Good News and Bad News

Good news — Finding my iOS development rhythm

I have finally managed to get into a good iOS development rhythm over the last several weeks, focusing on my personal iOS projects most of Friday and Saturday, and one or two other evenings during the week. Finding my stride has helped make me much more comfortable in Xcode and the iOS frameworks, and it only takes me a few minutes at the beginning of a session to get back into the flow of iOS.

Bad news — Distractions

Unfortunately, I allowed myself to get distracted from my primary goal for more than a week of that productive time.

Reading a blog post one weekend gave me an app idea I found hard to resist. At first, I was smart. I recorded the idea and some thoughts in my development wiki, and convinced myself to leave it alone. That resolve lasted about three days before I gave in. I deluded myself into thinking I could take the “new shiny” from it’s box and only play with the idea for one evening, but one evening turned into several sessions in a row before I managed to put it back into its box.

I still think the idea has merit, but the allure has worn off enough that it won’t distract me for a bit. (Of course, there is this other idea I just had that will take the app store by storm!)

Current development challenges

My primary goal is developing my photo browser app, and I have prototyped several variations on some ideas I want to incorporate.

I developed a simple wrapper for loading groups and photos using the asset library framework that should be easily extended so I can handle multiple photo sources. I have resisted the urge to build involved hierarchies and large frameworks, and constrained myself to developing some fairly simple protocols. The very basics work now, there are only one or two more features I want to add to the base functionality that my core app needs.

I am currently experimenting with various photo browsing techniques using core animation, and so far it seems promising. This is my first serious use of core animation, so I still have a lot to learn, but @neror’s CA360 project on github has been very useful, as well as Bill Dudney’s Core Animation book published by the Prags.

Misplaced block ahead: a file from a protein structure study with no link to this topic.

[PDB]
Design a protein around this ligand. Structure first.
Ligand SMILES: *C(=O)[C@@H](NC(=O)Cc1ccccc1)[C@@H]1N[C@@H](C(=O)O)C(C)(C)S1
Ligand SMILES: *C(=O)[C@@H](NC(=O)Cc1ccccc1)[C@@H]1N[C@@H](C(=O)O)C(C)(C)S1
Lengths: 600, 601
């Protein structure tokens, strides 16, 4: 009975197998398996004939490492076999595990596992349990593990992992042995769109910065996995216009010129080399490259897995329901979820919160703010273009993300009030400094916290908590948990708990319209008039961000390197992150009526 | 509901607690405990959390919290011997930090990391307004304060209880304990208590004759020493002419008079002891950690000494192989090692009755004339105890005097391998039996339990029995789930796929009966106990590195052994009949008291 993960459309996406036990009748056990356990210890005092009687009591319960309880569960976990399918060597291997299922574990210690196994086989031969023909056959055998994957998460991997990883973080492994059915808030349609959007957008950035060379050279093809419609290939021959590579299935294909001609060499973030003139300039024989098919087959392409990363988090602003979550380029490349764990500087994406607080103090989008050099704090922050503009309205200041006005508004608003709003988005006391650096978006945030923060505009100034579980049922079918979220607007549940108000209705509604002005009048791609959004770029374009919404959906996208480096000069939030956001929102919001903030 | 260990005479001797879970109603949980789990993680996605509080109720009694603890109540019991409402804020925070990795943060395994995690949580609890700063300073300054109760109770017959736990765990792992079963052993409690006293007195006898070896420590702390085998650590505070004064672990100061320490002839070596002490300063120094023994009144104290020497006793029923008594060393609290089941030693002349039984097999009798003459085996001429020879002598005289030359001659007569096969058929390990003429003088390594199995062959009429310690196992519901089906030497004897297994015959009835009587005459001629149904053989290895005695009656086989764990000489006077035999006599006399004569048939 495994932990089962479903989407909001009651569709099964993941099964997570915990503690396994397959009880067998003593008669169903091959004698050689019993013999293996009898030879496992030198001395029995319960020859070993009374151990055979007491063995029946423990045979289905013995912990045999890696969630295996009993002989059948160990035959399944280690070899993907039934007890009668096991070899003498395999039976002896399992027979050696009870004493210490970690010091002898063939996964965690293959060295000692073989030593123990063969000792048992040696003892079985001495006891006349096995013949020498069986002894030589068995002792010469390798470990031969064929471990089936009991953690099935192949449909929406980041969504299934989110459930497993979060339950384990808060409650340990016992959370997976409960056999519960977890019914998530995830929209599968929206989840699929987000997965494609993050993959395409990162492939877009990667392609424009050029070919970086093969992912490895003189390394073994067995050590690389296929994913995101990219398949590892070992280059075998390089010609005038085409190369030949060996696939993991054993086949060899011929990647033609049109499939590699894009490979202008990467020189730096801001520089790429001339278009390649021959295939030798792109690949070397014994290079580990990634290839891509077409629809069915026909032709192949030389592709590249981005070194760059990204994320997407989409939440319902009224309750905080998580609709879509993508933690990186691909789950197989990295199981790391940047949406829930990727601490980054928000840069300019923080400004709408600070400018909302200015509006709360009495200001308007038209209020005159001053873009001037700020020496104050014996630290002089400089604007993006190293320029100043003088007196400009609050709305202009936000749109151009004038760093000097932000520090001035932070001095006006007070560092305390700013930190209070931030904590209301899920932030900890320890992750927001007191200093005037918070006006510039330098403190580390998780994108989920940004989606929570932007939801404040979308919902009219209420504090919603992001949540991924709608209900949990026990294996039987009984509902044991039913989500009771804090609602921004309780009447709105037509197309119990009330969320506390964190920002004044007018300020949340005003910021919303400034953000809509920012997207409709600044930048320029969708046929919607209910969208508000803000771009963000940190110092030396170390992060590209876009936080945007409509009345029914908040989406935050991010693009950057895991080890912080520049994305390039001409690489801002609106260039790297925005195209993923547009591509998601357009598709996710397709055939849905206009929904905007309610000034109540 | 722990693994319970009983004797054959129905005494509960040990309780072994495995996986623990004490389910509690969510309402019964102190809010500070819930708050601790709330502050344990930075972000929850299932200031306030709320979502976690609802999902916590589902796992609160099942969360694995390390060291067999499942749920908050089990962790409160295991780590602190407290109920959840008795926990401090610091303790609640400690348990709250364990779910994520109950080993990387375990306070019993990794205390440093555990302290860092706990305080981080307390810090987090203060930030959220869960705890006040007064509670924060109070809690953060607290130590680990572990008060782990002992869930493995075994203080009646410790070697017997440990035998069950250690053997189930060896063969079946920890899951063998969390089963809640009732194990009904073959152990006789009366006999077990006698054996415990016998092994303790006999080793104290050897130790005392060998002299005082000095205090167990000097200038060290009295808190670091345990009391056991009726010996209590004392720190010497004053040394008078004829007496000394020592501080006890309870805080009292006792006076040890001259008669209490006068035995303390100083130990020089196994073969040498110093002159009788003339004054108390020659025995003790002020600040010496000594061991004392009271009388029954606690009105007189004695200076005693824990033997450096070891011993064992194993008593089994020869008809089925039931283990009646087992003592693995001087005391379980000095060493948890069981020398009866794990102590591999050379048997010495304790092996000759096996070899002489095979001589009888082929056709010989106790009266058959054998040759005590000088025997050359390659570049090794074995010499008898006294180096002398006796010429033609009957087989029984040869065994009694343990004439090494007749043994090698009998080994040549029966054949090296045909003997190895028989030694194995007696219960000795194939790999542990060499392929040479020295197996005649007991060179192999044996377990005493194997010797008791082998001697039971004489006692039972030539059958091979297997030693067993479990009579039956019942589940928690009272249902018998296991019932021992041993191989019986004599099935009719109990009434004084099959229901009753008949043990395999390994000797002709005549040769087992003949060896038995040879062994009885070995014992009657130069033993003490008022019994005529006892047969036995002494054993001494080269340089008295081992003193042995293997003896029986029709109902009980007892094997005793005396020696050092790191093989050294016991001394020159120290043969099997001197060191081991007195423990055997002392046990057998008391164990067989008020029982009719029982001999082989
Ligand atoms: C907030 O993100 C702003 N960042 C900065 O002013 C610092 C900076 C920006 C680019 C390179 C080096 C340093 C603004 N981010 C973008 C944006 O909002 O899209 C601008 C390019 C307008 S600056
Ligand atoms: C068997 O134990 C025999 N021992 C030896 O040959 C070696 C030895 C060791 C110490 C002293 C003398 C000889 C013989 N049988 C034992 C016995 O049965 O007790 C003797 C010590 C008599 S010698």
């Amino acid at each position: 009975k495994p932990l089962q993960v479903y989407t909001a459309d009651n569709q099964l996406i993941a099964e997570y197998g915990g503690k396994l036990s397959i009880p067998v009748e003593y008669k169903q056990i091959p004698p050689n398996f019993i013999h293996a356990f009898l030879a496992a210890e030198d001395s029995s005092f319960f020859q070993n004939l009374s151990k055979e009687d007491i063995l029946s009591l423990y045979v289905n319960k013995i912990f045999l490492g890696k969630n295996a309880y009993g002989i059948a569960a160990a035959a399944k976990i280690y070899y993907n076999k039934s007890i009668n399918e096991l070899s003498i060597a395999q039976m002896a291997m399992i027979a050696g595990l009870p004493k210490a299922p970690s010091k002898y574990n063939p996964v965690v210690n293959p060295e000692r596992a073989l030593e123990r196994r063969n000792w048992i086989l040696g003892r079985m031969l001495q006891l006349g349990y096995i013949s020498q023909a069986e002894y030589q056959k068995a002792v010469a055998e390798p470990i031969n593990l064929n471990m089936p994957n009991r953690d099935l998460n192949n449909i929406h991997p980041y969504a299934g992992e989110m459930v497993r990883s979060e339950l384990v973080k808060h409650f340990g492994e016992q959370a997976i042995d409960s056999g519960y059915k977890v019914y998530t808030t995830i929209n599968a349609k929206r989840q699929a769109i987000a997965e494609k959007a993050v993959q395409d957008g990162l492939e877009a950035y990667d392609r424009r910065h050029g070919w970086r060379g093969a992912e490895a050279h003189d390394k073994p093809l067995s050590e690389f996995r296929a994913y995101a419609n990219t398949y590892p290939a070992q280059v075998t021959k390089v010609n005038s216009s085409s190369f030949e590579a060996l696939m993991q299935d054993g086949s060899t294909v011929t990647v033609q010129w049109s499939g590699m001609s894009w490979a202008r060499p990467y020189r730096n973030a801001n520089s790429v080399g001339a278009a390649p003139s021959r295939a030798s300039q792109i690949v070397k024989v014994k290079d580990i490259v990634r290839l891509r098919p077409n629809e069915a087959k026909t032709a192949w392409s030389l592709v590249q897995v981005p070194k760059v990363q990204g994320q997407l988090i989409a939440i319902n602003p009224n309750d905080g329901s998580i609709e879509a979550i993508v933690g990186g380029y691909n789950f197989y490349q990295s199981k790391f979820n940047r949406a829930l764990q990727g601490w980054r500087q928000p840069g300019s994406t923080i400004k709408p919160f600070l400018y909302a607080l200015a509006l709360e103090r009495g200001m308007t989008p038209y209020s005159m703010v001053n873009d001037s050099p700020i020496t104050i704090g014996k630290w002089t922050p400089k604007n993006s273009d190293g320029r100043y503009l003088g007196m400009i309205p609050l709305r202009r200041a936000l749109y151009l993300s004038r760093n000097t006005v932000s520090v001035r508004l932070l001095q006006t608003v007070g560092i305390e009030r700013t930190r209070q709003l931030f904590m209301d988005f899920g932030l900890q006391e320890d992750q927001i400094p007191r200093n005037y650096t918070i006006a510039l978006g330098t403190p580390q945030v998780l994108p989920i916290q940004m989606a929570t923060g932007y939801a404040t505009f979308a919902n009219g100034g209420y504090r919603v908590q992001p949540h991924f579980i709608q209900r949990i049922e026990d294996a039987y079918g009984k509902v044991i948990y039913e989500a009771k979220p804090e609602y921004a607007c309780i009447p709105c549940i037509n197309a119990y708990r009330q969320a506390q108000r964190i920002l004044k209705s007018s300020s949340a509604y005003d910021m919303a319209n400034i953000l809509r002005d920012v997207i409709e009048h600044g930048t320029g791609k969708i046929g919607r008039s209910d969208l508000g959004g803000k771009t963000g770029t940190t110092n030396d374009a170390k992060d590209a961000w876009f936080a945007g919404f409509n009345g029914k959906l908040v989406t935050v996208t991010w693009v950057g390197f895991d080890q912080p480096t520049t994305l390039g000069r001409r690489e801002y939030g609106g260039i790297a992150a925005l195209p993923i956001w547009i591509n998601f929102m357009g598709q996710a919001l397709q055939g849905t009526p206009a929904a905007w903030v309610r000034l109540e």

In typical development fashion, each answered question generates several new questions and problems. I have enough experience to know that most of my problems are the result of limited understanding, misusing a framework somehow, or otherwise doing something stupid.

Some of my current open issues are:

Unexpected pauses in CAKeyframeAnimation

In one of my prototypes I built a single CAKeyframeAnimation animation to move an image across the screen using multiple curve path segments. It pauses slightly at the transition between segments, acting like it takes a small but noticeable amount of time to compute the next segment. I am not comfortable enough with core animation to judge whether I am misusing the framework somehow, or just doing something wrong. Hopefully I will find out this week.


This evening I encountered EXC_BAD_ACCESS errors in another prototype. I have a very simple framework to handle multi-step animations using blocks which works as expected (except for the EXC_BAD_ACCESS). The EXC_BAD_ACCESS errors occur when accessing values outside the block. I am fairly certain I am creating the blocks correctly, and using them like I have in several other prototypes. But I obviously still have an error, so decided the wisest course was to step away from the code for now and come back to it later this week.

Deciding on best method for photo streams

Several of my experiments have been to help me decide whether core animation is the correct approach for my photo streams. I’d love to let it handle that portion of my app, but I have not gotten far enough to know whether I will be able to use it the way I envision.

What’s next

I am thinking about whether it would be useful to setup a landing page to gauge interest, and if so, how far along I should be in prototyping, experimenting, and customer discovery before I do so. This is all very new to me, so I have continued reading and skimming a lot on the subject. I still need to figure out a way to connect with potential users, but for the moment that is still on the back burner to development experiments.

I am encouraged that as I work on this app, my interest and expectations for it grow. Hopefully I will be able to stay in the flow over the coming weeks and make good progress before 360iDev in Austin. I really want to have a solid core of my app working by then because I know I can get some great feedback from my fellow developers there.

As an indie developer, one of the best things you can do is to find like-minded developers that will provide encouragement and motivation while pursuing a commitment. A great collection of indie iOS developers have helped me stay on track, most of them are either developers associated with iDevBlogADay, or those I have met through the 360iDev conferences. If you can make it to Austin in November, I highly recommend it for its content, the friendships you’ll develop, and the passion it will bring to your iOS development.

Also, here is a little more information about me, Doug Sjoquist, and how I came to my current place in life. You should follow me on twitter and subscribe to my blog. Have a great day!